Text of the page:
Many pond owners and koi keepers believe that filters should be left on over winter. In this blog post, we will look at what a filter does and why this is often not the case.
Let us first consider what a filter is actually for. A lot of fish keepers, of both pond and aquarium fish, know that they need a filter but often do not know why. It is important to know exactly what each piece of equipment you are using does and roughly how it works. Therefore, if your equipment fails for any reason, you are more likely to be able to fix it, and when you need to buy anything, you can make the most educated choices.
How does a filter work?
First and foremost, a filter removes dirt and debris from the pond water by trapping it with the filter media. A filter does a lot more than this though! A pond filter usually has many stages to keep your pond water safe and healthy for your fish and also looking lovely and clean for viewers.
The first stage in a filter is the mechanical filtration. This is when the filter physically collects debris from the water and holds it in the filter itself. In an aquarium filter, this is usually done by a sponge or a polystyrene wool that traps the debris and prevents it from going further in the system, in the same way a sieve or a cheesecloth would be used in a kitchen. In a pond filter, sometimes the mechanical filtration is done the same way as in an aquarium filter, but often more interesting methods are used due to the space required for such filtration. For example, a Nexus filter, like the ones we use at Keruto Koi, has a round design to create a vortex in the middle of the filter, where debris and solid materials settle.
The next stage in a filter is the chemical filtration. As the name suggests, this type of filtration uses chemicals to purify the water by removing the impurities. The most common chemical used for this filtration is carbon in the form of either charcoal or activated carbon. The carbon becomes very porous when it gets wet and therefore has a massive surface area that allows any dissolved pollutants to be absorbed. Chemical filtration is great for removing any pollutants that end up in your water as well as organic waste produced by the fish. However, it has no effect on ammonia, nitrite and nitrate which still need to be addressed.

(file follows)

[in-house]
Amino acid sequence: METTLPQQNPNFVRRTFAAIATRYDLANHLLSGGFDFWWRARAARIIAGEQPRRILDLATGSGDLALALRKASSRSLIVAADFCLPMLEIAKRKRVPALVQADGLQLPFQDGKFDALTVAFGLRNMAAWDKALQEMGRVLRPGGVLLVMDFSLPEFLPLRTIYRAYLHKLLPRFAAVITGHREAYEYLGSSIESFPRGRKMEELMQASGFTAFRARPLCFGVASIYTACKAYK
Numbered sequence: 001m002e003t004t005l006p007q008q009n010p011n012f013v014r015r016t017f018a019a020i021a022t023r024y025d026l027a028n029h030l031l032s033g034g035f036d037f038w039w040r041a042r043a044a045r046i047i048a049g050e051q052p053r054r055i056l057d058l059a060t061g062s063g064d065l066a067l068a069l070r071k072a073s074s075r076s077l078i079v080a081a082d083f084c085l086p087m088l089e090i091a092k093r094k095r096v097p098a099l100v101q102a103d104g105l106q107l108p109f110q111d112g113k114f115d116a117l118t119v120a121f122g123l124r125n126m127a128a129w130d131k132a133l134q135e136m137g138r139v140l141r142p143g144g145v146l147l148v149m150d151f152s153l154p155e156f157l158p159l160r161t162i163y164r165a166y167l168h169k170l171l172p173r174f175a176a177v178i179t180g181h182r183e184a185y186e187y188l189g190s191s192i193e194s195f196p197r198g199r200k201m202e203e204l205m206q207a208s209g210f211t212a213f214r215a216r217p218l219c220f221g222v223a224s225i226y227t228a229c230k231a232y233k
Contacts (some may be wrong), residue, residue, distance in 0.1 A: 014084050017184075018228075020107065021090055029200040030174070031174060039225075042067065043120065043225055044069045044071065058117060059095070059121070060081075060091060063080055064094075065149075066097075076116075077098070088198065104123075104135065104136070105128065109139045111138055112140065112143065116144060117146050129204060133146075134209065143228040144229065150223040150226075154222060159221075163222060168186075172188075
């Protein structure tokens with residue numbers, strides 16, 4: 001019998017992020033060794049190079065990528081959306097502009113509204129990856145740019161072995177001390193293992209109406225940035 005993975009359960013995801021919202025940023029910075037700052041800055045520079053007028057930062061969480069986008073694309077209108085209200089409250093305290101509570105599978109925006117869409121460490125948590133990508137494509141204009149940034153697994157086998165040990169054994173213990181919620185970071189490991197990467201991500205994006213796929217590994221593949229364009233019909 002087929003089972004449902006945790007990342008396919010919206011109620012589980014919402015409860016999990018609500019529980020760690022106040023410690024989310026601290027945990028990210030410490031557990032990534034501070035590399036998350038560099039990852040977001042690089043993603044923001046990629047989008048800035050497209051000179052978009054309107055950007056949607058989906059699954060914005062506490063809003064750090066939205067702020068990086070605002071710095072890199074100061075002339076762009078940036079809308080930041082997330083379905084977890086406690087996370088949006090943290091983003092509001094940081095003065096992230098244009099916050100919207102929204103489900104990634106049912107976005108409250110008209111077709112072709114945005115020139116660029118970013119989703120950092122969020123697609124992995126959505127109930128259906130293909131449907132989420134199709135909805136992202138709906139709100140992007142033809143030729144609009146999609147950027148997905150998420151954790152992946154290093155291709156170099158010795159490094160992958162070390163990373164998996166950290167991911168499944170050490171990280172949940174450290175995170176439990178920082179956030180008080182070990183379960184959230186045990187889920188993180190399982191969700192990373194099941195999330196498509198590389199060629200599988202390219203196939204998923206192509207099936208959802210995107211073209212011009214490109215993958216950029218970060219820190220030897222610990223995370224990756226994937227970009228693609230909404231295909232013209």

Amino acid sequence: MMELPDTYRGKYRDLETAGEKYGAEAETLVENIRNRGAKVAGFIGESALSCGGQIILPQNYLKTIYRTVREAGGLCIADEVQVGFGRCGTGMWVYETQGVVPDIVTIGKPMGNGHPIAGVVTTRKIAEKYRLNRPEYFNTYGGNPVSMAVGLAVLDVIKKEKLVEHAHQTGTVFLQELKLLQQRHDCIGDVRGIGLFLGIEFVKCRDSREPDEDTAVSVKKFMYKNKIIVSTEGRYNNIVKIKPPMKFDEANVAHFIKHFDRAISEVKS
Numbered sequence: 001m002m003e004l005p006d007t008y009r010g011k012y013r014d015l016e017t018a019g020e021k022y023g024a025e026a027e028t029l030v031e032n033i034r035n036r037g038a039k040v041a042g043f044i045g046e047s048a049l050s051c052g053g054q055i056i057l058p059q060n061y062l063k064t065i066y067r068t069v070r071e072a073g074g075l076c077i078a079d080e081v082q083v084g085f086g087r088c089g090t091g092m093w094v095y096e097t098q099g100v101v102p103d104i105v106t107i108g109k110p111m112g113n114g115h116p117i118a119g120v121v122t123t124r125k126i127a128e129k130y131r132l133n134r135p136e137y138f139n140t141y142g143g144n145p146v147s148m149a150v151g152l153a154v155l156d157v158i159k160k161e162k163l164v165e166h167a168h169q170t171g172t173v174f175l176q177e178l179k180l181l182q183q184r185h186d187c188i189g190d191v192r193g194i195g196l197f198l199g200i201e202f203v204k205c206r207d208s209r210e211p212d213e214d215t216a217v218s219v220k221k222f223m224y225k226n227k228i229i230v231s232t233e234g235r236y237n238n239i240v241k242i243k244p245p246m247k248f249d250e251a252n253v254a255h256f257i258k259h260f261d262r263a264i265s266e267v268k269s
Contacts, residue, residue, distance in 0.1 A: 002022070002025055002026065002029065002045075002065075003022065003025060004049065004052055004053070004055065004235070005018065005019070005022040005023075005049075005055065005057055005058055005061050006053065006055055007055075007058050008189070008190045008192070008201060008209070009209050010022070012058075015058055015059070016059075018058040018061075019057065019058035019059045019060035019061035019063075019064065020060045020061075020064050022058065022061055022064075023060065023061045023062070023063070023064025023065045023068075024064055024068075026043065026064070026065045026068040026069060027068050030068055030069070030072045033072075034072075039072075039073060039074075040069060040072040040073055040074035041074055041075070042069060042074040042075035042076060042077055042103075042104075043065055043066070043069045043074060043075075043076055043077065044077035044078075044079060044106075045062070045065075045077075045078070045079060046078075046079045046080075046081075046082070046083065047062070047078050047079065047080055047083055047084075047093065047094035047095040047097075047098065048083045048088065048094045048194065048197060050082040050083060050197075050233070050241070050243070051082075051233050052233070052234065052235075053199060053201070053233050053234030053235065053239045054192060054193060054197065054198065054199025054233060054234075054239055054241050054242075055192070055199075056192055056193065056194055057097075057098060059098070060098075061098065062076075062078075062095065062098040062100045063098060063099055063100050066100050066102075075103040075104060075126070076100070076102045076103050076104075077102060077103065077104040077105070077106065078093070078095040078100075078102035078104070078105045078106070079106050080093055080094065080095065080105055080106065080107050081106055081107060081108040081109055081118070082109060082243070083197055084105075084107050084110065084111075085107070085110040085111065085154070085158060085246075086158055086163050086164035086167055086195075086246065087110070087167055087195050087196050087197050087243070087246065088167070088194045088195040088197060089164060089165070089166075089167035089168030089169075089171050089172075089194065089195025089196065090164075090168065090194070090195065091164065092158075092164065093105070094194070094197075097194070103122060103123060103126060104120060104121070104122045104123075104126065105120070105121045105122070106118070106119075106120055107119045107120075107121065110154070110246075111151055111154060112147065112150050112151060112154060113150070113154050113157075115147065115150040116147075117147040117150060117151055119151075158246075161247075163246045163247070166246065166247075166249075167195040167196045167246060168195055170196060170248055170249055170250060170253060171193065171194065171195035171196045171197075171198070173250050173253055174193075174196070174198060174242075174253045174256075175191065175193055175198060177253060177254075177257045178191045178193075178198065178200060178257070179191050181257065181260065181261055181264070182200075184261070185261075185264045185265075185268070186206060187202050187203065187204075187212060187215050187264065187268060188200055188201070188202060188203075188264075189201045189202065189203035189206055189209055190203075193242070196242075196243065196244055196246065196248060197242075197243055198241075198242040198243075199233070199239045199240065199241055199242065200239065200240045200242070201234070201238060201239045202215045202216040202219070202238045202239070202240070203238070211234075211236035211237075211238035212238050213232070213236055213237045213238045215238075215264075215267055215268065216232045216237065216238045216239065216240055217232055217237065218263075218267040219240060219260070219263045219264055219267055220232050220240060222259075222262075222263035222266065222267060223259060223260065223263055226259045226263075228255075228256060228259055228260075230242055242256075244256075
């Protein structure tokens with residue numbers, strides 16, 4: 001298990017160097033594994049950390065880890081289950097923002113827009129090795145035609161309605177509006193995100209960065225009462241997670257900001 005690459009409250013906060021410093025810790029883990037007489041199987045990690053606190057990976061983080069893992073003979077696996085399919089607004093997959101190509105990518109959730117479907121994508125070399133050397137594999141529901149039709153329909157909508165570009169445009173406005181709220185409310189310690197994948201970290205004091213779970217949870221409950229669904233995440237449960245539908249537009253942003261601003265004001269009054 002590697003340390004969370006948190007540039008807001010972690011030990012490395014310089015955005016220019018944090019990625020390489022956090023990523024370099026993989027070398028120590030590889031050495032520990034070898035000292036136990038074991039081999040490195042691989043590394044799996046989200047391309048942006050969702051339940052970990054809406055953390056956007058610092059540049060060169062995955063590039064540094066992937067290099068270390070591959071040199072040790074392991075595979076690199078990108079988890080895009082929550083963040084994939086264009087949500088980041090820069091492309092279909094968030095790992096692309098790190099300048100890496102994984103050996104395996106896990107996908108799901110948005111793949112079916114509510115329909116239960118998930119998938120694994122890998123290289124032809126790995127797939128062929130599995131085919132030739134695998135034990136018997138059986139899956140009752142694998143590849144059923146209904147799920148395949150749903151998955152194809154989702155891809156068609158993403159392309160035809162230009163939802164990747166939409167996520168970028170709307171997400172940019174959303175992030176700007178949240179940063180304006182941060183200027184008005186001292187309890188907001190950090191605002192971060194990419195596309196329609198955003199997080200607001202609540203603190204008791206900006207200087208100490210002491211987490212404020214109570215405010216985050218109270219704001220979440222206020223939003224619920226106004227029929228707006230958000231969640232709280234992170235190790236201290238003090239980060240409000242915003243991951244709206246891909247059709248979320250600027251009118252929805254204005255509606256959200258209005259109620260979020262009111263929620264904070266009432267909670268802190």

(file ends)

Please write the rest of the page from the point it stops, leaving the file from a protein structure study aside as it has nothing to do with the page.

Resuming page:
The final stage of filtration is the biological filtration. Biological medias, such as K1 media, are a fantastic home for beneficial bacteria. These bacteria live in the filter and have lots of roles to benefit your pond. Some of the bacteria break down the ammonia, nitrate, and nitrite in your pond water and other bacteria cycle nutrients allowing good nutrients back into the water while retaining the waste. Still others help to oxidise the water, thereby making it healthier for both fish and plants.
Not every filter will have all three stages of filtration. Most external aquarium filters will have all three while internal aquarium filters will usually skip chemical filtration to save on space and keep the filter as small as possible. When it comes to pond filters, the amount of filter media required for each stage can be massive so many pond filters will leave out one of the stages. A pond usually follows a more natural biological cycle than an aquarium so the pollutants that would be collected by the chemical filtration are rarely introduced to the water at all. Therefore, most pond filters will only use mechanical filtration and biological filtration.
So, what happens in the winter?
When the temperatures fall, the koi go into a type of hibernation called torpor. In this state, they will eat very little, mostly snacking on the organic material in the pond, such as algae. Therefore, the amount of waste produced is greatly reduced during this time, so some pond owners use this time to turn their filters off and "give them a break" over winter. Well, this may not be the best idea!
The main reason to keep your filter on during winter is due to the presence of the beneficial bacteria in the biological filtration. Turning the filter off will cause these bacteria to die off which will mean that when you turn your filter back on in spring, the filter will not be able to work effectively until the bacteria colony has built back up. This could take a long time, and, in the meantime, your fish will be much less healthy and more prone to diseases and illnesses which could kill them.
In addition to this, the movement of the water throughout the pond and the filter will help to prevent your pond from freezing over. A layer of ice on the top of the pond can be very dangerous for koi as it prevents the harmful carbon dioxide from leaving the pond and also blocks the helpful oxygen from entering your pond. If your pond does freeze over, there are actions you can take – have a look at our blog post ‘How to Prepare Your Pond for Winter’ here: https://www.kerutokoi.com/post/how-to-prepare-your-pond-for-winter for more information.
Finally, the filter will continue cleaning the water and clearing it of waste and debris. While this is required less in the winter than in other seasons, if the filter is not on, you can still get a large amount of toxic matter building up in the pond which can be harmful to your fish and leave you a massive cleaning job in spring before you are able to enjoy your pond again.